The objections have been many times explicitly and frequently implicitly directed towards the famous Media Group Want Want China Times. However, they also incorporated a range of matters that were related more largely to freedom, nationalism, democracy, party politics as well as the responsibility of the nation. As is frequently the case in the media debates, the remonstrators have evoked a faultless public sphere, mainly supposedly empowered by the media free from corporates and political influences. Particularly to Taiwan are apprehensions concerning influences of the People in Republic of China over the Taiwan’s political life through state interests and corporate interests that are increasingly finding appearance via the mass broadcasters. To this degree, the protest movements can be understood as an activity of an activist explanation on cross-straits associations, Taiwanese uniqueness and Taiwan’s political imminent vis-à-vis landmass China.
Since these students in the indicated image are carrying their studies in a foreign country and therefore, cannot be physically in Taiwan, they exhibit their strong support for the association by photographing and holding their own protests. They are photographed together with two campaign posters pointing to express three issues: anti-Chinese interference, safeguarding press freedom and anti-media monopoly. These messages were conspicuously written in the Chinese language. They are part of the image and they function as a means of students to indicate what they stand for and what they are demanding. Because the relay is transcribed in Chinese, we can articulate that the image is targeted to be seen and used by people who are able to speak Chinese, especially people in the Taiwan. This image is quite effective, because it is taken out of Taiwan so that other students inside Taiwan can know and see they are not left alone in the battle.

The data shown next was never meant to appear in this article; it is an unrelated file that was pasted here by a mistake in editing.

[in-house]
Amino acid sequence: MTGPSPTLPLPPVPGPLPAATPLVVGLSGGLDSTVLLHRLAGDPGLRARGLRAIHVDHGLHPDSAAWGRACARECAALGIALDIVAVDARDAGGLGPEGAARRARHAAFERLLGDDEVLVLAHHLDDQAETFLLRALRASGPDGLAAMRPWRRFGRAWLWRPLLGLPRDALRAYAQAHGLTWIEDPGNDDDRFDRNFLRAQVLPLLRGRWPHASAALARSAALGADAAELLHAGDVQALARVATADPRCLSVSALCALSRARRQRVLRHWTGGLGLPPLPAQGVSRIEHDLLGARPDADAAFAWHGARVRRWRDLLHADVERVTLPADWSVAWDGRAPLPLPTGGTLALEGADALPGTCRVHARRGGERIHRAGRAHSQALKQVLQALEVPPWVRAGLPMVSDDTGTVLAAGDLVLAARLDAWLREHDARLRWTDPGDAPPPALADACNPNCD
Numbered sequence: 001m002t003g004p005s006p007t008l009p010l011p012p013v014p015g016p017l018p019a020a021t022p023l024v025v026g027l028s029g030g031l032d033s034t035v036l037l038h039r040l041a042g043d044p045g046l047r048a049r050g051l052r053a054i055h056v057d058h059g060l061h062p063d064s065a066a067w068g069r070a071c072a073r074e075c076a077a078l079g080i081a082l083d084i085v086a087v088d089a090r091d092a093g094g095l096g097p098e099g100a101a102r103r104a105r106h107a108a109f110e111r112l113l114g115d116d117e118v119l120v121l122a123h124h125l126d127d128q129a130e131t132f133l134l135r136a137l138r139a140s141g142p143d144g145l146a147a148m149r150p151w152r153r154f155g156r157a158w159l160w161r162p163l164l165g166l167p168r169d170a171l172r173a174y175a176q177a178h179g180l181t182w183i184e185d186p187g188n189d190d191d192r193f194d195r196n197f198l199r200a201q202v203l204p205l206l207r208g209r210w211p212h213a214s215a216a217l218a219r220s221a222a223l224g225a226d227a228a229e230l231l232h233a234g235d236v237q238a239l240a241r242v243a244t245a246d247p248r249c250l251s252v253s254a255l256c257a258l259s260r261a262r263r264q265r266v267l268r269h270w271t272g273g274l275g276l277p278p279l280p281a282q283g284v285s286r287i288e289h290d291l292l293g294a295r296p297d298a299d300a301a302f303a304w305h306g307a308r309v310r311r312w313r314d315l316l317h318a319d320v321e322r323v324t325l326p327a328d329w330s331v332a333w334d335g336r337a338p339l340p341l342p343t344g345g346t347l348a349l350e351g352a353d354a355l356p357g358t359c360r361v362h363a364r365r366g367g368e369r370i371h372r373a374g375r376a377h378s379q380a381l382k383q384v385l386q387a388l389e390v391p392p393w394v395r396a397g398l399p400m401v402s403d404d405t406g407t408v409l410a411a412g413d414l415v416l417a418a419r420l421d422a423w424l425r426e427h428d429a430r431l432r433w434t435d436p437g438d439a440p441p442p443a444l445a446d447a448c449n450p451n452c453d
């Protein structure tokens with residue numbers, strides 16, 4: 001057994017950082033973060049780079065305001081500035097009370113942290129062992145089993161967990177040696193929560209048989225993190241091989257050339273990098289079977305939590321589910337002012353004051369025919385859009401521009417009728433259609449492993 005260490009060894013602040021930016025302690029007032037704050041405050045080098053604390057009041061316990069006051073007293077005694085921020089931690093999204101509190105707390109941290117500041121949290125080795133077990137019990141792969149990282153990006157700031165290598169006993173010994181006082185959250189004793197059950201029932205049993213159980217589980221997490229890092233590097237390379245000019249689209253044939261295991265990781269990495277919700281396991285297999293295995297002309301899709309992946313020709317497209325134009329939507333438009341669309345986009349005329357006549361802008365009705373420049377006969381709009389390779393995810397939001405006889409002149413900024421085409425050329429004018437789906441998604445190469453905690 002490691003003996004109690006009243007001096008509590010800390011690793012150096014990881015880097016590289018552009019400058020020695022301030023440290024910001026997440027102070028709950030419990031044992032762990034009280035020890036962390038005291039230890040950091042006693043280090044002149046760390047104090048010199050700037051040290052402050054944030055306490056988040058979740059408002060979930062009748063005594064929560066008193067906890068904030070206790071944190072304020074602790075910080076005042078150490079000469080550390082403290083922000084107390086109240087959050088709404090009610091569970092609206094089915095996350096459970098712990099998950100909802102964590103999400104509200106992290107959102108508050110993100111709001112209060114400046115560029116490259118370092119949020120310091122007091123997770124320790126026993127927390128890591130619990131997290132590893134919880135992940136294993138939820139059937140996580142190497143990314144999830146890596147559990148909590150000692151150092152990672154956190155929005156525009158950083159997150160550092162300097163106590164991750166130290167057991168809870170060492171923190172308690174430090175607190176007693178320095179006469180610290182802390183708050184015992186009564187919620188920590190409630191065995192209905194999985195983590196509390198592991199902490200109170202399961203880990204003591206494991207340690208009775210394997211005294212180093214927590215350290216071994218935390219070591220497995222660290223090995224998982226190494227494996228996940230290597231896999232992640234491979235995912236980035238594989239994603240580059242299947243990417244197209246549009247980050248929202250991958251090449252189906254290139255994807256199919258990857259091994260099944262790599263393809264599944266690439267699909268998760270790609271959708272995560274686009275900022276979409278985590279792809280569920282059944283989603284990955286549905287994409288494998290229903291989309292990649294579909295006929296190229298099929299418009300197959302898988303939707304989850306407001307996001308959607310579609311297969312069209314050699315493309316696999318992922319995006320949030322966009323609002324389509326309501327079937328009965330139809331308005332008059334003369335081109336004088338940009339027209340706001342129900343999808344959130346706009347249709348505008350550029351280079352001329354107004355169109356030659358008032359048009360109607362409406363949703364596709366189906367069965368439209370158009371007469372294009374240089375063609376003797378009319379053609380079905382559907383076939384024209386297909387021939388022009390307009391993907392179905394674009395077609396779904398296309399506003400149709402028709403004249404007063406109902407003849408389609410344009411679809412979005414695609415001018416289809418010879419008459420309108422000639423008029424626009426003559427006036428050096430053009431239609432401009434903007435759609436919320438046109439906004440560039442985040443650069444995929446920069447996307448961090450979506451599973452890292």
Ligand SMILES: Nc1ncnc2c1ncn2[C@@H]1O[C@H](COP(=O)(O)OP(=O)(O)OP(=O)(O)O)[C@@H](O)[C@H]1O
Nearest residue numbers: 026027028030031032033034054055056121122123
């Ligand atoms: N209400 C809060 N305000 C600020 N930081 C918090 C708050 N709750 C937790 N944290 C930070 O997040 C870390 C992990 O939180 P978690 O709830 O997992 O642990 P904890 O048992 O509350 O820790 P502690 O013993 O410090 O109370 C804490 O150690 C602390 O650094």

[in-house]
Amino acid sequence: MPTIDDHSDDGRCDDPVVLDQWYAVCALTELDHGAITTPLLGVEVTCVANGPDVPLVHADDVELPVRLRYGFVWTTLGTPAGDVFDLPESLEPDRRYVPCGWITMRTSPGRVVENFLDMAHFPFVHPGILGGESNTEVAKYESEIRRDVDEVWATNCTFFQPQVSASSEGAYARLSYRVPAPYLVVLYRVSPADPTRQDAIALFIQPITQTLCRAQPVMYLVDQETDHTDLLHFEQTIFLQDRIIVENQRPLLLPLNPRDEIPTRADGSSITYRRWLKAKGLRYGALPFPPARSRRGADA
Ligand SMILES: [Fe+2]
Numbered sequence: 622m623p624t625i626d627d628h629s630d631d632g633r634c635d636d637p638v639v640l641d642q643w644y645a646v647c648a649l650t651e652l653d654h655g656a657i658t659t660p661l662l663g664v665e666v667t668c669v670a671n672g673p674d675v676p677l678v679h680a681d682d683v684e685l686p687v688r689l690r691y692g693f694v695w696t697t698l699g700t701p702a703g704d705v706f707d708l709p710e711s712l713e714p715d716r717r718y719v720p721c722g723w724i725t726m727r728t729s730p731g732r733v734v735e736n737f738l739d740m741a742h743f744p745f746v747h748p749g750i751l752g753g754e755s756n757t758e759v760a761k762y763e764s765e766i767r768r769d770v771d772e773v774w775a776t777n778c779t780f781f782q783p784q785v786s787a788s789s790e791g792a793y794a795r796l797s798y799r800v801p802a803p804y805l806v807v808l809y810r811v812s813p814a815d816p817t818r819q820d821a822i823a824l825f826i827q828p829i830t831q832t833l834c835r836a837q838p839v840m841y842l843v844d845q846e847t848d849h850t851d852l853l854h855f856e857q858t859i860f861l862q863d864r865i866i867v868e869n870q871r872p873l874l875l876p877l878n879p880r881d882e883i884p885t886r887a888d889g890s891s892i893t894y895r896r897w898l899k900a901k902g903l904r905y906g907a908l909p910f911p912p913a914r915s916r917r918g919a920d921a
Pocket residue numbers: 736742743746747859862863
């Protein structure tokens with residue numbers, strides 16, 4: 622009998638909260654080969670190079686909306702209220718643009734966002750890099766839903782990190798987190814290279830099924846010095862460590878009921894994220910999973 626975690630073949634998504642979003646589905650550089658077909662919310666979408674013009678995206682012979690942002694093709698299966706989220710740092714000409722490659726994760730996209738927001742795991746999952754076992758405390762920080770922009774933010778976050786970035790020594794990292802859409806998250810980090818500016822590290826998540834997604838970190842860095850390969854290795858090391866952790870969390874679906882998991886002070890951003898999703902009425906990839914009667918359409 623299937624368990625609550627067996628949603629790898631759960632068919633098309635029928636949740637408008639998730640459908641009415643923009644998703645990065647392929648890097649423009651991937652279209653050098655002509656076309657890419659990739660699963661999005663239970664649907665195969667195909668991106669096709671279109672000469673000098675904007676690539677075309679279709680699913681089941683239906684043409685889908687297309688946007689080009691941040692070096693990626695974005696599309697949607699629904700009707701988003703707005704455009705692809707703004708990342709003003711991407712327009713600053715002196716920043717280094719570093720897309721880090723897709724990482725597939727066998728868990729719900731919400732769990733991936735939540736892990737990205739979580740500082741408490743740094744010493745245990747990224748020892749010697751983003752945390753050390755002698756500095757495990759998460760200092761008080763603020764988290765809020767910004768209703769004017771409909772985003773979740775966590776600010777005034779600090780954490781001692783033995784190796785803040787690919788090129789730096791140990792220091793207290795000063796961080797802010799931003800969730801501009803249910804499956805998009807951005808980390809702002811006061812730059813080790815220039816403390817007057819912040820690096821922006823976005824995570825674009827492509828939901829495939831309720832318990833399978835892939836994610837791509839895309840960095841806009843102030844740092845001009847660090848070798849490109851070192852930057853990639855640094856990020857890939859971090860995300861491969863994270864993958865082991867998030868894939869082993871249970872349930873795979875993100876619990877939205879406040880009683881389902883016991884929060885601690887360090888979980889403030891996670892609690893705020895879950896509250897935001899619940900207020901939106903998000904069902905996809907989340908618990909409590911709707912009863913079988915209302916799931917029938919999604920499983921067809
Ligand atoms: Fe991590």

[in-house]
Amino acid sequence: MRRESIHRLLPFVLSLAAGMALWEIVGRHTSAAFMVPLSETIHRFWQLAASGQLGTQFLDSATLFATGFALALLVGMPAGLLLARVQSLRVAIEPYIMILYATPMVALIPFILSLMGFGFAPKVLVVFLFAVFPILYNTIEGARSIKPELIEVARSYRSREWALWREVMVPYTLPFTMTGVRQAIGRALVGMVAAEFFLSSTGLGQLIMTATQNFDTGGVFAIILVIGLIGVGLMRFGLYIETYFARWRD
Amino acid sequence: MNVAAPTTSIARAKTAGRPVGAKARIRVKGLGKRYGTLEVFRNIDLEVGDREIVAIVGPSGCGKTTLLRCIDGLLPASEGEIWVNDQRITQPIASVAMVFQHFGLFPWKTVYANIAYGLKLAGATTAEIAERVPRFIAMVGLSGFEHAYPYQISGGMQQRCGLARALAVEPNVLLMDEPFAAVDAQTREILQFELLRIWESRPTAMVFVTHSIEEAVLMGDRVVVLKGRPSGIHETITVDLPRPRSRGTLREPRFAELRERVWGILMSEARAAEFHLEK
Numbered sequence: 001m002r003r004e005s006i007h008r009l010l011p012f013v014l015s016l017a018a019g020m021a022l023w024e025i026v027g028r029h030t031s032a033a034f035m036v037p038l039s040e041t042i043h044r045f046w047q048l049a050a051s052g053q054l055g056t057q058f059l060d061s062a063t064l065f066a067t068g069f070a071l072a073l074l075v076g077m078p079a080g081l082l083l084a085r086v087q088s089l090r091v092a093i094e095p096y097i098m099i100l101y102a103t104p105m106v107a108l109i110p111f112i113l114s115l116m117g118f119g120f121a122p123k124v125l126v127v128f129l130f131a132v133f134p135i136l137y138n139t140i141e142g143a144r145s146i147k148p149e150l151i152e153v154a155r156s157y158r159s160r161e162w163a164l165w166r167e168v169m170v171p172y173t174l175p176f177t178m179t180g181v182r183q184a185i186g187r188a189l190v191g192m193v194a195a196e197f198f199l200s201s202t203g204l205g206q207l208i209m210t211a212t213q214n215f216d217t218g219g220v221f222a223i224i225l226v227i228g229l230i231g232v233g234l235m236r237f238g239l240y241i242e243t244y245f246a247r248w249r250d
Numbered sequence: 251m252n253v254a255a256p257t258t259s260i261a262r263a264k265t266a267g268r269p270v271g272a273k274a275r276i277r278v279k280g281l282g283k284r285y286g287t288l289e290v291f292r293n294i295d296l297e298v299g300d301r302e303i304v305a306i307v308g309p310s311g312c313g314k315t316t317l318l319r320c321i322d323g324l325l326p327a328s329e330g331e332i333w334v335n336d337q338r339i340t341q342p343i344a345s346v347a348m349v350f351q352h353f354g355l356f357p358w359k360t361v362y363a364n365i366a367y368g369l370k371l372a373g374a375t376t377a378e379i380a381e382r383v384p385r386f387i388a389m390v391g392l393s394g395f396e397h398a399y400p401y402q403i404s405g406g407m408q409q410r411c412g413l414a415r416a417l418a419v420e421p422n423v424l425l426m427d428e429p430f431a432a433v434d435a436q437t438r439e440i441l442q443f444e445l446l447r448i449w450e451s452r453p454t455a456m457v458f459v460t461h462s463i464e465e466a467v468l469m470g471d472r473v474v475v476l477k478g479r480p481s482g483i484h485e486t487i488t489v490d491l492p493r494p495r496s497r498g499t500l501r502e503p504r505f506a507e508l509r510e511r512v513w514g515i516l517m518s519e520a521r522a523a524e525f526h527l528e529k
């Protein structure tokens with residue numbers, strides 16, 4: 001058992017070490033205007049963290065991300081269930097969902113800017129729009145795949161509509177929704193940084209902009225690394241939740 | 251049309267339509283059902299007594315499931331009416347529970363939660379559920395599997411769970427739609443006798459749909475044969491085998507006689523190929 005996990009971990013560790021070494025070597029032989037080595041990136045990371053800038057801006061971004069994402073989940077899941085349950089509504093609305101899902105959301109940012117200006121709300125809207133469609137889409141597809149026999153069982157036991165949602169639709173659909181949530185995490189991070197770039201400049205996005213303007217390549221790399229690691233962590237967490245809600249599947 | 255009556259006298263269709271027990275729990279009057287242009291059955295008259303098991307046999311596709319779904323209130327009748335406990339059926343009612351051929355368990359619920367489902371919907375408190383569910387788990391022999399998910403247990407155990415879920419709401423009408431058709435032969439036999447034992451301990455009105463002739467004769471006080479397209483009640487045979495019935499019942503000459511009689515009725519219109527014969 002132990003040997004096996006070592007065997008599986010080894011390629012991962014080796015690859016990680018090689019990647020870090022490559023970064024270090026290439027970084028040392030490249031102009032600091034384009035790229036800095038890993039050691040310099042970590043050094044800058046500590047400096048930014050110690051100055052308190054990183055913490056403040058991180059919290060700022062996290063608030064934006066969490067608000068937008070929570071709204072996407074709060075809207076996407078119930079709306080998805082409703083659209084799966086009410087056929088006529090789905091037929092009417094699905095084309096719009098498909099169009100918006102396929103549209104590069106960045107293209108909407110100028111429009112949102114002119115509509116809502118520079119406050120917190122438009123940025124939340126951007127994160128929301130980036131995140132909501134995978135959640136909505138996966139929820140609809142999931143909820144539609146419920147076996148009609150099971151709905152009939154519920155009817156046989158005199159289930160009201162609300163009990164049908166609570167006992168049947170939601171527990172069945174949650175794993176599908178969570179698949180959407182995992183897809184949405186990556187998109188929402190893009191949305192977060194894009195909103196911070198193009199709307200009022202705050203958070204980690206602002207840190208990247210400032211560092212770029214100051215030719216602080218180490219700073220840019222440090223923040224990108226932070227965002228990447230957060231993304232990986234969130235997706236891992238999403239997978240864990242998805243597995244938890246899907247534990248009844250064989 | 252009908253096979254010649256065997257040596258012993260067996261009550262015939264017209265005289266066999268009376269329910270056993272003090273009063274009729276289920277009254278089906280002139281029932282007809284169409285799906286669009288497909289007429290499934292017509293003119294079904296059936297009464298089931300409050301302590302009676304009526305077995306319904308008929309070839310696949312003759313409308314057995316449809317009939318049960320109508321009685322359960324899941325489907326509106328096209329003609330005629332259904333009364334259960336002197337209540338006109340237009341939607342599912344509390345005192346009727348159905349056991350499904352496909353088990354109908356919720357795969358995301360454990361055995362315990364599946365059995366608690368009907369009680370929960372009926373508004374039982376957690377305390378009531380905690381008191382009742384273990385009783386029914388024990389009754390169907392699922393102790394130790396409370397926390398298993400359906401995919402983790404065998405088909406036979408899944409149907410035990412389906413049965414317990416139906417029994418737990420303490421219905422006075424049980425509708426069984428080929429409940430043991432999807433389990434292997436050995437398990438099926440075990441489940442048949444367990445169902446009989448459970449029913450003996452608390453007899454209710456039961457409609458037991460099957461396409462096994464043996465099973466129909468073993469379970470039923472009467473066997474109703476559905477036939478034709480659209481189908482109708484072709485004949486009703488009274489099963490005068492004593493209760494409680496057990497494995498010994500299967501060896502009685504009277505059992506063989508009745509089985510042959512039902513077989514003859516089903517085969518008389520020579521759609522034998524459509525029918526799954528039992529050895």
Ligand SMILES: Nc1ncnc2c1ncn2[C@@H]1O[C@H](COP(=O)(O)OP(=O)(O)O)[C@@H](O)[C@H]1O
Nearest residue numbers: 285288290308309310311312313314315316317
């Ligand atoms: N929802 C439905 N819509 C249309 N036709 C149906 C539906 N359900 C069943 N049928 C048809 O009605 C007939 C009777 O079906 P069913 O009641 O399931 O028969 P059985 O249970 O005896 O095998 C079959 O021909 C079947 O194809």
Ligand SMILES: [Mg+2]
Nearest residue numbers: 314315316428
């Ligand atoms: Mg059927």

The image was photographed in front of the Free Speech Movement Café and there stands a main reason why the students select this place to be the environment of the image. The Free Speech Movements was a student objection that occurred between the years 1964 to the year 1965 inside the University of California; Berkeley complained a restriction on on-campus political functions. It was commanded by numerous students that include Brian Turner, Mario Savio and others, who as well demanded for their right to speech freedom. This movement marks the paramount of the year 1960s campus students movement to make media headlines all entire the universe. There is no known better place to contest for press freedom than in UC Berkeley.